Conservators of the Peace

Wasco County

Sheriff Lane Magill

Wasco County Sheriff's Office

511 Washington St
The Dalles, OR 97058

tel: 541-506-2580
fax: 541-506-2581
co.wasco.or.us/county/dept_sheriff_info.cfm




About Sheriff Magill

Sheriff Magill was appointed and took office on May 1, 2016, when Sheriff Rick Eiesland retired.

Lane Magill grew up on a wheat and cattle ranch in Wamic, Oregon.  He attended the Wamic grade school and then moved to Dufur and attended the Dufur High School.  Shortly after graduating from high school, Lane married Sheri, and they have two daughters.

Lane began his law enforcement career as a Wasco County Sheriff’s Reserve in late 2000, and January 1st, 2002 was fully employed by the sheriff’s office.  He began his career in the patrol division and the second year of employment he was assigned to the investigations division.  In 2009 he was promoted to Patrol Sgt. and in 2010 he was promoted to Chief Deputy.

During his law enforcement career he has served as the Wasco County Mounted Posse Coordinator, 911 advisor, Domestic Violence Council member, LPSCC member, Mid-Columbia Law Enforcement Association member, Emergency Operations Center Supervisor, and Sheriff’s Office Work Crew Coordinator.

Lane enjoys outdoor activities with fly fishing at the top of his list of favorites, and spending time with his family and grandkids.  He is also a sitting board member with Outdoor Adventures with Military Heroes, an organization that supports local veterans involving hunting and fishing.



About the Wasco County Sheriff's Office


OREGON SHERIFF Magazine News

Winter, 2016 – As noted in my previous article, the Sheriff’s Office would be reaching out to our citizens to explain our Community Policing model. We have scheduled our first “Town Hall” meeting with the citizens of Maupin and sur­rounding areas November 10th. We will be discussing current events the Sheriff’s Office is involved in, along with our new strategic plan, marijuana laws, legislative issues, perceptions about law enforcement and community polic­ing/procedural justice. I will have an update in our next article telling about what we all learned from this experience.

In other news, Deputy Matt Tuia returned from the Department of Public Safety Stan­dards and Training Academy and is working with his Field Training Officer, making prog­ress on his way to being solo. Matt was em­ployed with NORCOR for 12 years and brings great experience to the Sheriff’s Office. Also, Deputy Steen has returned home after being deployed overseas for the last ten months with the U.S. Army. We are pleased to have him home safe and sound! Deputy Steen will be reintegrated with the Patrol Division and working with a Field Training Officer and the Department of Public Safety Standards and Training to bring him up to speed.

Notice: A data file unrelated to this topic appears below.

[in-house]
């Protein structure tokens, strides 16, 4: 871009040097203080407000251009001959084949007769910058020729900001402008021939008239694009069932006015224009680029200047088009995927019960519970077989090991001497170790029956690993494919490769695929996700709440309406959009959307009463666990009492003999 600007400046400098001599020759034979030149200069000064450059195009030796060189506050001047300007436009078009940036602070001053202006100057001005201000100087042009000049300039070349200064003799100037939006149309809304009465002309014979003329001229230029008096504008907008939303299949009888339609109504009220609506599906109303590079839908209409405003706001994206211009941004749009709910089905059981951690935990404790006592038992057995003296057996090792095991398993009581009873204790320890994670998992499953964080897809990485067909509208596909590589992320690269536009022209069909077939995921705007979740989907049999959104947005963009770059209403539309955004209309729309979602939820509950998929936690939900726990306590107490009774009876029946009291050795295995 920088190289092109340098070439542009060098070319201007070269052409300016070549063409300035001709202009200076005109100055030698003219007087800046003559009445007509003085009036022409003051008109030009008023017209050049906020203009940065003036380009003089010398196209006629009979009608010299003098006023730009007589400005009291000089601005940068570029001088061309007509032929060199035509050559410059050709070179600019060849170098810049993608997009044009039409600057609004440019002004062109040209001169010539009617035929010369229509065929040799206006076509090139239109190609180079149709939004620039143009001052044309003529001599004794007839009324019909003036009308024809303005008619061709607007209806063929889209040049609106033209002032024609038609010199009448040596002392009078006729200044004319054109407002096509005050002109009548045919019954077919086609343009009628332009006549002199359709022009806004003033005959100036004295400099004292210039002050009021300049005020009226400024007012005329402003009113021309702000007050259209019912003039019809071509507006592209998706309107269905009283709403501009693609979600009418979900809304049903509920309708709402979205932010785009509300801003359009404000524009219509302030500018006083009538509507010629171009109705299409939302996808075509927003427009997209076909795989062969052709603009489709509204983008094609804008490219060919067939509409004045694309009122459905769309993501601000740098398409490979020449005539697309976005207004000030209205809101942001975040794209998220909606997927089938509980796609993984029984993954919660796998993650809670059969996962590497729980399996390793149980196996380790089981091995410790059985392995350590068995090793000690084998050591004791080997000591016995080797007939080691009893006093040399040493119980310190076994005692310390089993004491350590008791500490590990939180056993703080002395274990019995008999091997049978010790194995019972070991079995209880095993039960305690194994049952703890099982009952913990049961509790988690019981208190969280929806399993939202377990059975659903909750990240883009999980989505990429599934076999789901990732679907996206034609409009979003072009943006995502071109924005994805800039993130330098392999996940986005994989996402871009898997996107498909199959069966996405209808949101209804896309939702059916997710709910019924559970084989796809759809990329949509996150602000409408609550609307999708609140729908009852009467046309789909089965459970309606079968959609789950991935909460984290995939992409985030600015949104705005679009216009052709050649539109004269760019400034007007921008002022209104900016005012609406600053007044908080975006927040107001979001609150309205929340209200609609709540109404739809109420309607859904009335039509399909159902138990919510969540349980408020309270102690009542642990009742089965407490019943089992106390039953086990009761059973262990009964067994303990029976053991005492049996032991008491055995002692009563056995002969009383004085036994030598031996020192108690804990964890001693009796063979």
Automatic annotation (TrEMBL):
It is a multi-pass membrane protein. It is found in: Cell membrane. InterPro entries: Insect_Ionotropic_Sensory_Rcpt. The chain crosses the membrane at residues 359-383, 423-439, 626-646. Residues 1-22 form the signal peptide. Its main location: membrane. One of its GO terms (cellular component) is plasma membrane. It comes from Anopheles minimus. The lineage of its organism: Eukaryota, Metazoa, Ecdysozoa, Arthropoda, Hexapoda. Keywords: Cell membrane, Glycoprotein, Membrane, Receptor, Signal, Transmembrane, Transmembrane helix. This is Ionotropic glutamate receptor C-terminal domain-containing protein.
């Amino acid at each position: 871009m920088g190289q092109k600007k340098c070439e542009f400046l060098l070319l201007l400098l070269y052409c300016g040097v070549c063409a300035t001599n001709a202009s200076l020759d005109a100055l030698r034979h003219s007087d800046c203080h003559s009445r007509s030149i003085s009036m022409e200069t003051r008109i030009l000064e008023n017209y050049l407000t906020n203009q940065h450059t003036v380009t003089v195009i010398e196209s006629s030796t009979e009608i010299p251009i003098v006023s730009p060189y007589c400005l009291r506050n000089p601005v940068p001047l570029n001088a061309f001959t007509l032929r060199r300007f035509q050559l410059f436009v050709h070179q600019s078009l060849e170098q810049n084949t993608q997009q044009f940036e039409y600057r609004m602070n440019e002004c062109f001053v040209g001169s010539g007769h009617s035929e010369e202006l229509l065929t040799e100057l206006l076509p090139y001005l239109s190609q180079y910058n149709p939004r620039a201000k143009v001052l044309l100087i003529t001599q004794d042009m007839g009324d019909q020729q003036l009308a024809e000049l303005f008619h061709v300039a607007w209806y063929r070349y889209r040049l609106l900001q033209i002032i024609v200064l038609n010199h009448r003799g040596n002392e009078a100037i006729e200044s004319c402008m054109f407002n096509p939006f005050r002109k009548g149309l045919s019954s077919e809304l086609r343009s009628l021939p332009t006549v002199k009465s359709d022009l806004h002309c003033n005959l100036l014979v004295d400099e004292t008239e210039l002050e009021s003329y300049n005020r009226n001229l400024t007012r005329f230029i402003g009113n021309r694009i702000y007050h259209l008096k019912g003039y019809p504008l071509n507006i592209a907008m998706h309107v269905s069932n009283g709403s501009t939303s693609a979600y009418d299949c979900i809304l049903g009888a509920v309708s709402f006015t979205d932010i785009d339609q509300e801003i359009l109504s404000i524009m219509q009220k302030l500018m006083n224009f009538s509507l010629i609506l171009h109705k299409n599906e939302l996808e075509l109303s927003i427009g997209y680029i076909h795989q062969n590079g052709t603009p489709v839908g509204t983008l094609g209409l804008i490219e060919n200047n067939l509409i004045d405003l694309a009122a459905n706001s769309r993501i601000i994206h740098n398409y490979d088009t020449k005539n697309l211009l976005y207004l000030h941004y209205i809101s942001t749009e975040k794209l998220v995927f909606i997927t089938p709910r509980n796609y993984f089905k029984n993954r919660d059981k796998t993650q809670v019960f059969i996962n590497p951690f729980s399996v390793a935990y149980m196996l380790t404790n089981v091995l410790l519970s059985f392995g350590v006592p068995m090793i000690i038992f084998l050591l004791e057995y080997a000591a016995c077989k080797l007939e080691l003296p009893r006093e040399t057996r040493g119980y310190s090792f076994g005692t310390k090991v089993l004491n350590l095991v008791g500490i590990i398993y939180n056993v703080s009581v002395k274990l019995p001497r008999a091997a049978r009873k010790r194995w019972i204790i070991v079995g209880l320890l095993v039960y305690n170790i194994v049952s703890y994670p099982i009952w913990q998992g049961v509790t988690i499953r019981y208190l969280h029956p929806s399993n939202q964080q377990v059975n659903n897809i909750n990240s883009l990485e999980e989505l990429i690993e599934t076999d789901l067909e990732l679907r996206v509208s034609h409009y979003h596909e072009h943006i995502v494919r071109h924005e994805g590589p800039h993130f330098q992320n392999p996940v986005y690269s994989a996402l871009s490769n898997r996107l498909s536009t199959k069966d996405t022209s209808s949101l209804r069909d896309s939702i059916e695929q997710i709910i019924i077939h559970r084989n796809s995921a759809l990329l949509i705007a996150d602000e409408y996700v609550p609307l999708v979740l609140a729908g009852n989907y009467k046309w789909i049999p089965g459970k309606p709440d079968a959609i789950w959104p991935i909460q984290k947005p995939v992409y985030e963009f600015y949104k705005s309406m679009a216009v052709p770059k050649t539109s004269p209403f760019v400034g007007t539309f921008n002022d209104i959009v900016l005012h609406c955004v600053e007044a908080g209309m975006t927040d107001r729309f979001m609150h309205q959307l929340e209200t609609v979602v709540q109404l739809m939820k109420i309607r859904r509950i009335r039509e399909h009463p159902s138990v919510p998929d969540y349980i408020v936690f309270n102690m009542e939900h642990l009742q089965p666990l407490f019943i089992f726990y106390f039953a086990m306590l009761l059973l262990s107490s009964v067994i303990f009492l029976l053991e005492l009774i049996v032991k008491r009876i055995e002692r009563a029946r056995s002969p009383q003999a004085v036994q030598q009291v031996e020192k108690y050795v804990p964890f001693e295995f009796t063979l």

One final note, as winter approaches we want to let our citizens know to be prepared during the busy holiday season. When traveling, make sure you have plenty of supplies to make it in case you’re stranded. If you have two cell phones with you, make sure one is turned off in case you need it when the first phone battery dies.

Finally, get to know your neighbors. When the bad weather hits, sometimes neighbors can’t get out to do the grocery shopping, pur­chase medications, or even sweep the snow off the walkway. Maybe they have health issues, and family members can’t get to them. By being neighborly and being informed, we can assist each other in a time of need. Oh and by the way, if you need us to check on your neighbor don’t hesitate to give us a call!

Enjoy the holidays and stay safe.

Message from the OSSA President

washington-pat-garrettAs the newly elected president, I am honored to represent all 36 Oregon sheriffs.

The sheriff has historically been the chief executive officer of the county, and this is still true under Oregon law. Elected by you and answering directly to the voters, your sheriff can be an effective voice of the people in the serious work of protecting the community. OSSA enables us to work together to serve you best.

By way of introduction, I am in my second term as the Washington County Sheriff, where deputies serve over a half million residents across 727 square miles of rural areas, urban communities, and cities. Our deputies also operate the only county jail. While Oregon counties are diverse in terms of climate, population, and economic drivers, your sheriffs work together to solve problems and challenges that we have in common.

The sheriffs of America have always played a significant role in the history of our nation; in fact, the office of Sheriff was the first county office established in the United States. Also, the first person to read the Declaration of Independence publicly was Philadelphia Sheriff John Nixon in Pennsylvania in 1776.

I look forward to working together to strengthen the office of Sheriff and the communities we proudly serve. Thank you for your continued support of the men and women on shift every day to keep our diverse and proud communities safe.

Sincerely,
pat

Pat Garrett
President and Washington County Sheriff.

Jail vs. Prison … What’s the Difference?

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